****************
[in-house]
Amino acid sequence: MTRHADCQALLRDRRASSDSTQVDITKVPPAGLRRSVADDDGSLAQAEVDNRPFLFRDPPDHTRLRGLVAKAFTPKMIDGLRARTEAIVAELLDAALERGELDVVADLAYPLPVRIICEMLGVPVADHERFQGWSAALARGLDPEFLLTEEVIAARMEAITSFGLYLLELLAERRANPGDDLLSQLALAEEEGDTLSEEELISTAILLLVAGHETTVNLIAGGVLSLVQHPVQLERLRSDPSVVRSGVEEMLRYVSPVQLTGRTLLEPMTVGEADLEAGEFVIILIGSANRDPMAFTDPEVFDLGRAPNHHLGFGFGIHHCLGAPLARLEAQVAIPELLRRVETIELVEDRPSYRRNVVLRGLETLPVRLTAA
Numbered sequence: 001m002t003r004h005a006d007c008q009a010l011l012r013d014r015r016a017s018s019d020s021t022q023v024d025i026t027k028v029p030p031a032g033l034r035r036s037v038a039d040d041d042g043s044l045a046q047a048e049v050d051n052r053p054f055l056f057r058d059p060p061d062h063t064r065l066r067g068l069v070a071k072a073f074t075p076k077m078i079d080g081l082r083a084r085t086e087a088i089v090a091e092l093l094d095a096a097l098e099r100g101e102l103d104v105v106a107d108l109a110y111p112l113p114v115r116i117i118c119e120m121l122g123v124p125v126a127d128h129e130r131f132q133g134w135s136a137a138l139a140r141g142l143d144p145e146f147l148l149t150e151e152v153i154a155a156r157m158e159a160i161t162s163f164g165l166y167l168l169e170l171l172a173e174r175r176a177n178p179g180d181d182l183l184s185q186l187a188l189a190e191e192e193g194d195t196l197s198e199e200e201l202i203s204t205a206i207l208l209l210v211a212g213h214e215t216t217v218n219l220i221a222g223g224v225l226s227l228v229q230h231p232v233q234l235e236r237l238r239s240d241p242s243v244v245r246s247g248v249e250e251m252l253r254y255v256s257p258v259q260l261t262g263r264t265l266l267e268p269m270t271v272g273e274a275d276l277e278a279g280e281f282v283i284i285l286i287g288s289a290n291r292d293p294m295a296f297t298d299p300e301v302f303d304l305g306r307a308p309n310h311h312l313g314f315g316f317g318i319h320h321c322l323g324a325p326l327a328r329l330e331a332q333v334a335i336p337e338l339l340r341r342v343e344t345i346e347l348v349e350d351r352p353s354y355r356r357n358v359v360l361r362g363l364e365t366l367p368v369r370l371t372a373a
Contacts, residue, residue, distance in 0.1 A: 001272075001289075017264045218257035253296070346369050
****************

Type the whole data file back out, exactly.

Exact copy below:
[in-house]
Amino acid sequence: MTRHADCQALLRDRRASSDSTQVDITKVPPAGLRRSVADDDGSLAQAEVDNRPFLFRDPPDHTRLRGLVAKAFTPKMIDGLRARTEAIVAELLDAALERGELDVVADLAYPLPVRIICEMLGVPVADHERFQGWSAALARGLDPEFLLTEEVIAARMEAITSFGLYLLELLAERRANPGDDLLSQLALAEEEGDTLSEEELISTAILLLVAGHETTVNLIAGGVLSLVQHPVQLERLRSDPSVVRSGVEEMLRYVSPVQLTGRTLLEPMTVGEADLEAGEFVIILIGSANRDPMAFTDPEVFDLGRAPNHHLGFGFGIHHCLGAPLARLEAQVAIPELLRRVETIELVEDRPSYRRNVVLRGLETLPVRLTAA
Numbered sequence: 001m002t003r004h005a006d007c008q009a010l011l012r013d014r015r016a017s018s019d020s021t022q023v024d025i026t027k028v029p030p031a032g033l034r035r036s037v038a039d040d041d042g043s044l045a046q047a048e049v050d051n052r053p054f055l056f057r058d059p060p061d062h063t064r065l066r067g068l069v070a071k072a073f074t075p076k077m078i079d080g081l082r083a084r085t086e087a088i089v090a091e092l093l094d095a096a097l098e099r100g101e102l103d104v105v106a107d108l109a110y111p112l113p114v115r116i117i118c119e120m121l122g123v124p125v126a127d128h129e130r131f132q133g134w135s136a137a138l139a140r141g142l143d144p145e146f147l148l149t150e151e152v153i154a155a156r157m158e159a160i161t162s163f164g165l166y167l168l169e170l171l172a173e174r175r176a177n178p179g180d181d182l183l184s185q186l187a188l189a190e191e192e193g194d195t196l197s198e199e200e201l202i203s204t205a206i207l208l209l210v211a212g213h214e215t216t217v218n219l220i221a222g223g224v225l226s227l228v229q230h231p232v233q234l235e236r237l238r239s240d241p242s243v244v245r246s247g248v249e250e251m252l253r254y255v256s257p258v259q260l261t262g263r264t265l266l267e268p269m270t271v272g273e274a275d276l277e278a279g280e281f282v283i284i285l286i287g288s289a290n291r292d293p294m295a296f297t298d299p300e301v302f303d304l305g306r307a308p309n310h311h312l313g314f315g316f317g318i319h320h321c322l323g324a325p326l327a328r329l330e331a332q333v334a335i336p337e338l339l340r341r342v343e344t345i346e347l348v349e350d351r352p353s354y355r356r357n358v359v360l361r362g363l364e365t366l367p368v369r370l371t372a373a
Contacts, residue, residue, distance in 0.1 A: 001272075001289075017264045218257035253296070346369050